Victorian Values; A Confusion Of Prophets; & Mary Kingsley: Imperial Adventuress.
Ian Bradley assesses
Edited by T. C. Smout - Oxford University Press, 1992 - 232 pp. - £19.95
A Confusion Of Prophets
By Patrick Curry - Collins & Brown (Regulus Publishing), 1992 - 192pp. - £12
Mary Kingsley: Imperial Adventuress
By Dea Birkett - Macmillan Press, 1992 - xxvi+213 pp. - £25
Whatever damage she may have done to the long-term future of universities in general and traditional arts disciplines in particular Margaret Thatcher has certainly had a stimulating effect on the academic pursuit of history in Britain. Specifically, her much vaunted crusade to revive Victorian values has given a new vigour and relevance to nineteenth-century studies and has directly inspired a number of important conferences and publications.
The joint symposium held by the British Academy and the Royal Society of Edinburgh in December 1990, the main papers from which have been edited in an exemplary way by Christopher Smout, must surely count as the most substantial and fruitful of these gatherings. The historians who contributed display a finely judged balance of academic detachment and personal partisanship in their attempts to distinguish the real values of the Victorians from the rather selective set appropriated by Mrs Thatcher.
Their conclusions are, as one might expect, delightfully varied and eclectic. Raphael Samuel ends a characteristically lively and stimulating gallop around the course with the observation that the group who most obstinately stood out for the Victorian values of family solidarity, the dignity of work and the security of home during the Thatcher years were the miners defeated in the strike of 1983-84. Jose Harris, however, surveying the late Victorian origins of the Welfare State, finds Margaret Thatcher's idea of a society motivated by self-help and voluntarism considerably more historically accurate than Corelli Barnett's picture in his book The Audit of War of sentimental chivalry, disdain for materialism and paternalism. Valentine Cunningham, on the other hand, argues that the values expressed in Victorian literature, and particularly in its most characteristic form of the novel, were firmly anti-Thatcherite in the sense of showing a distinct bias against commerce, money-making and the enterprise culture.
Not all the contributors to this fascinating collection are so directly related to the Thatcherite appropriation of Victorian values. Two outstanding essays by Stewart Brown and R.J. Morris identify some of the very distinct and influential values of Victorian Scotland, specifically the powerful legacy in terms of social theory of the vision of the Godly Commonwealth preached and practised by Thomas Chalmers. Mark Girouard presents an elegant and formidably well-documented pen portrait of the Victorian upper classes, members of which he divides into three categories; the earnest, the swell and the gentleman. Clyde Binfield produces a tour de force with his highly imaginative study of that all-important love affair between Mr Gladstone and Victorian Nonconformity, while in a closing piece representing his reflections as a philosopher and President of the British Academy, Anthony Kenny, expresses his deep love for things Victorian in a way that is both moving and highly infectious.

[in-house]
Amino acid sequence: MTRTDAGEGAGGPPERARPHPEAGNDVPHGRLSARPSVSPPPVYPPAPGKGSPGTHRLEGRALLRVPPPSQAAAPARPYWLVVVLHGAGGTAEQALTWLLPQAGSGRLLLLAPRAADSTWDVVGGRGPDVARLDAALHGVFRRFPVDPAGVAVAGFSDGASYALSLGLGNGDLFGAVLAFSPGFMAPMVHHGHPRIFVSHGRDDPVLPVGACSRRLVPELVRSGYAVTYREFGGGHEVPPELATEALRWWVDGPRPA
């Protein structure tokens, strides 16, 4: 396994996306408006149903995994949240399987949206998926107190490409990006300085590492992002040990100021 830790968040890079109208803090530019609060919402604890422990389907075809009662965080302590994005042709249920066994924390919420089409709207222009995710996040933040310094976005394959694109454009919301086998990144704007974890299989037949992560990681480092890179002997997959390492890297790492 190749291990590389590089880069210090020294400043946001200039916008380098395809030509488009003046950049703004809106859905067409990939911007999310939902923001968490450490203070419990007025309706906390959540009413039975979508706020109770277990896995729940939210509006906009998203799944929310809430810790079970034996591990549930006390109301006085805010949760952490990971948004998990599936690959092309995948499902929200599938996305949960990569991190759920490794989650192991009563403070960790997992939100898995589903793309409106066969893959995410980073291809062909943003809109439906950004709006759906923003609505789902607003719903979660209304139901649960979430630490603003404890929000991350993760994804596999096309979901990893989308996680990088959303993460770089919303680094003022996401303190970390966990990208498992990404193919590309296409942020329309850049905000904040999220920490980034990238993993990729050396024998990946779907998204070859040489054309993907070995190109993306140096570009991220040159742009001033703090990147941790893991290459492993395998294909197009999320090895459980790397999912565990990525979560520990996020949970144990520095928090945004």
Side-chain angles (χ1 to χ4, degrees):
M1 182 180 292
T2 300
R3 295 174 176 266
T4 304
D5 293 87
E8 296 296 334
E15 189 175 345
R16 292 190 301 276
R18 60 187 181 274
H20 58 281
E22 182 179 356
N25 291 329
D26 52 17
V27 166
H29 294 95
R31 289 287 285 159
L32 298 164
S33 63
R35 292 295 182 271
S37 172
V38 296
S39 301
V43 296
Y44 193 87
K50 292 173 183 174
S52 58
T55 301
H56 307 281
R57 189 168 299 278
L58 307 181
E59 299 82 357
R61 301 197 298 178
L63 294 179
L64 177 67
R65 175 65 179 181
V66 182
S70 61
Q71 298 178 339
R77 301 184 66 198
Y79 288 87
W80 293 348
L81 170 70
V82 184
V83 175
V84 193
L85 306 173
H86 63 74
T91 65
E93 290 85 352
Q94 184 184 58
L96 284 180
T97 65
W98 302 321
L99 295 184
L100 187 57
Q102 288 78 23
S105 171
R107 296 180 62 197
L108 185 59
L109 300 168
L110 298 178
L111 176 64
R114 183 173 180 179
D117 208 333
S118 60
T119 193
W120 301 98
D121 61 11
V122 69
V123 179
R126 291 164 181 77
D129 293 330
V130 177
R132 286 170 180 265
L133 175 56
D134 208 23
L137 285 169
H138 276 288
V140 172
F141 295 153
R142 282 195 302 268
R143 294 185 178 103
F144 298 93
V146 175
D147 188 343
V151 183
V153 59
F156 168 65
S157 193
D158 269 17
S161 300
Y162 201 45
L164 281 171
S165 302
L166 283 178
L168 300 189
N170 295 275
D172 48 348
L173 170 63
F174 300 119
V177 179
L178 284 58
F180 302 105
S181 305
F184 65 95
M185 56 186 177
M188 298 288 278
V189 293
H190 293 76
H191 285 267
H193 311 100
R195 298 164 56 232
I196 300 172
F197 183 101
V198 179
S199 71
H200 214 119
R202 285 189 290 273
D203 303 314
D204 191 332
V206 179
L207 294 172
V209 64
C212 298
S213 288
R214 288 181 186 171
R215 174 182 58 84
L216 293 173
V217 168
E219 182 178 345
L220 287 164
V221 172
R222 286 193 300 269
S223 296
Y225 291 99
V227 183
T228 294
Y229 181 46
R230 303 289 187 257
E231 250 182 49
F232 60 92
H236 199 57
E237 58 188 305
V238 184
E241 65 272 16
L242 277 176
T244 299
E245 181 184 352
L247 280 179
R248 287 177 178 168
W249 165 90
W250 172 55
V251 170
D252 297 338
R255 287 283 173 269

Perhaps the most original contribution comes from Anne Digby who argues convincingly that if we allowed the women rather than the men of the period to form our view of Victorian values the resulting impression would be of rather less individualism and self-help and rather more mutuality and companionship.
One Victorian woman who does at least seem to have exemplified and championed some of the values dearest to the heart of Mrs Thatcher was the African explorer, Mary Kingsley. Dea Birkett's biography, itself expanded from an article in the History Today series on Victorian values, vividly chronicles her opposition to the interfering 'do-goodery' of missionaries and colonial administrators and her support for the traders whom, she believed, did much less damage to the indigenous culture of the natives. In particular, she vigorously championed the importation of alcohol into West Africa by Liverpool merchants and fiercely rebutted the claims of religious groups and civil servants that it led to drunkenness and debauchery.
Mary Kingsley's death in South Africa at the age of thirty-seven from typhoid fever caught while nursing casualties of the Boer War put her firmly in the ranks of those Victorian heroines hailed for their self- sacrifice and devotion to duty. The same could hardly be said of the heroes of Patrick Curry's A Confusion of Prophets, the leading astrologers of Victorian and Edwardian Britain who numbered among their ranks Richard Garnett, Superintendent of the British Museum Reading Room from 1875 to 1899.
Patrick Curry's series of pen portraits appears to be aimed largely at the committed – the precise time of birth is given in every case presumably so that readers can check their star charts and form their own conclusions about the personalities and subsequent lives of the individuals mentioned. But it is not without interest to more general students of the Victorian scene, not least in showing how a group in danger of extinction in the face of the rise of rationalism and scientific scepticism managed to survive by linking themselves to the new movement of Theosophy, a nice example of enterprise culture and embracing market forces that would doubtless appeal to Lady T.
Ian Bradley is the author of The Celtic Way (Darton, Longman & Todd, 1993).
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